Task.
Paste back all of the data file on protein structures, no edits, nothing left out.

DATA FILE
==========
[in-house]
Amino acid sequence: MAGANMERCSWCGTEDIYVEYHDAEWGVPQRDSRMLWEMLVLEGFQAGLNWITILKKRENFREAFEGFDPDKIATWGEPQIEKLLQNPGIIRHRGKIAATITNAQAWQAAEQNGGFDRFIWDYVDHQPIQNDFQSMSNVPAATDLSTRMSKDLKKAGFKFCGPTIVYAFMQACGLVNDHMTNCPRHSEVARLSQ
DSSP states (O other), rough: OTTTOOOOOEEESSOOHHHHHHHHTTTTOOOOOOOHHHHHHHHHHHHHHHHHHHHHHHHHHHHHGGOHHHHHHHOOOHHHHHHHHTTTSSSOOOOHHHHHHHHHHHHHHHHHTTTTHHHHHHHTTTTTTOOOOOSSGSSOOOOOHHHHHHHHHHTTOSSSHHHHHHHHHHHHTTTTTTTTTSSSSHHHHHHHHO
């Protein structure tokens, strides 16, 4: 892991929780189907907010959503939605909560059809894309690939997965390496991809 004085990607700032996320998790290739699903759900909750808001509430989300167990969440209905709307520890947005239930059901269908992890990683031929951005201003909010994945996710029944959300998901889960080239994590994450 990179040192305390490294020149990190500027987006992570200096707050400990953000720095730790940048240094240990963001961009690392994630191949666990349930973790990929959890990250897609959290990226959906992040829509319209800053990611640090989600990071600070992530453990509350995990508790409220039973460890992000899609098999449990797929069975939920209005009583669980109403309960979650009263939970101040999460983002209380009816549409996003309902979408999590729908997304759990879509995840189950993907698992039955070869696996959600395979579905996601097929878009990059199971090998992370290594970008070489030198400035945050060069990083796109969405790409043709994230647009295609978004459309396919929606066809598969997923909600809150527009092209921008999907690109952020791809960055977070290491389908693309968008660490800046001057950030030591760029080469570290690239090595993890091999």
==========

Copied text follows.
[in-house]
Amino acid sequence: MAGANMERCSWCGTEDIYVEYHDAEWGVPQRDSRMLWEMLVLEGFQAGLNWITILKKRENFREAFEGFDPDKIATWGEPQIEKLLQNPGIIRHRGKIAATITNAQAWQAAEQNGGFDRFIWDYVDHQPIQNDFQSMSNVPAATDLSTRMSKDLKKAGFKFCGPTIVYAFMQACGLVNDHMTNCPRHSEVARLSQ
DSSP states (O other), rough: OTTTOOOOOEEESSOOHHHHHHHHTTTTOOOOOOOHHHHHHHHHHHHHHHHHHHHHHHHHHHHHGGOHHHHHHHOOOHHHHHHHHTTTSSSOOOOHHHHHHHHHHHHHHHHHTTTTHHHHHHHTTTTTTOOOOOSSGSSOOOOOHHHHHHHHHHTTOSSSHHHHHHHHHHHHTTTTTTTTTSSSSHHHHHHHHO
């Protein structure tokens, strides 16, 4: 892991929780189907907010959503939605909560059809894309690939997965390496991809 004085990607700032996320998790290739699903759900909750808001509430989300167990969440209905709307520890947005239930059901269908992890990683031929951005201003909010994945996710029944959300998901889960080239994590994450 990179040192305390490294020149990190500027987006992570200096707050400990953000720095730790940048240094240990963001961009690392994630191949666990349930973790990929959890990250897609959290990226959906992040829509319209800053990611640090989600990071600070992530453990509350995990508790409220039973460890992000899609098999449990797929069975939920209005009583669980109403309960979650009263939970101040999460983002209380009816549409996003309902979408999590729908997304759990879509995840189950993907698992039955070869696996959600395979579905996601097929878009990059199971090998992370290594970008070489030198400035945050060069990083796109969405790409043709994230647009295609978004459309396919929606066809598969997923909600809150527009092209921008999907690109952020791809960055977070290491389908693309968008660490800046001057950030030591760029080469570290690239090595993890091999």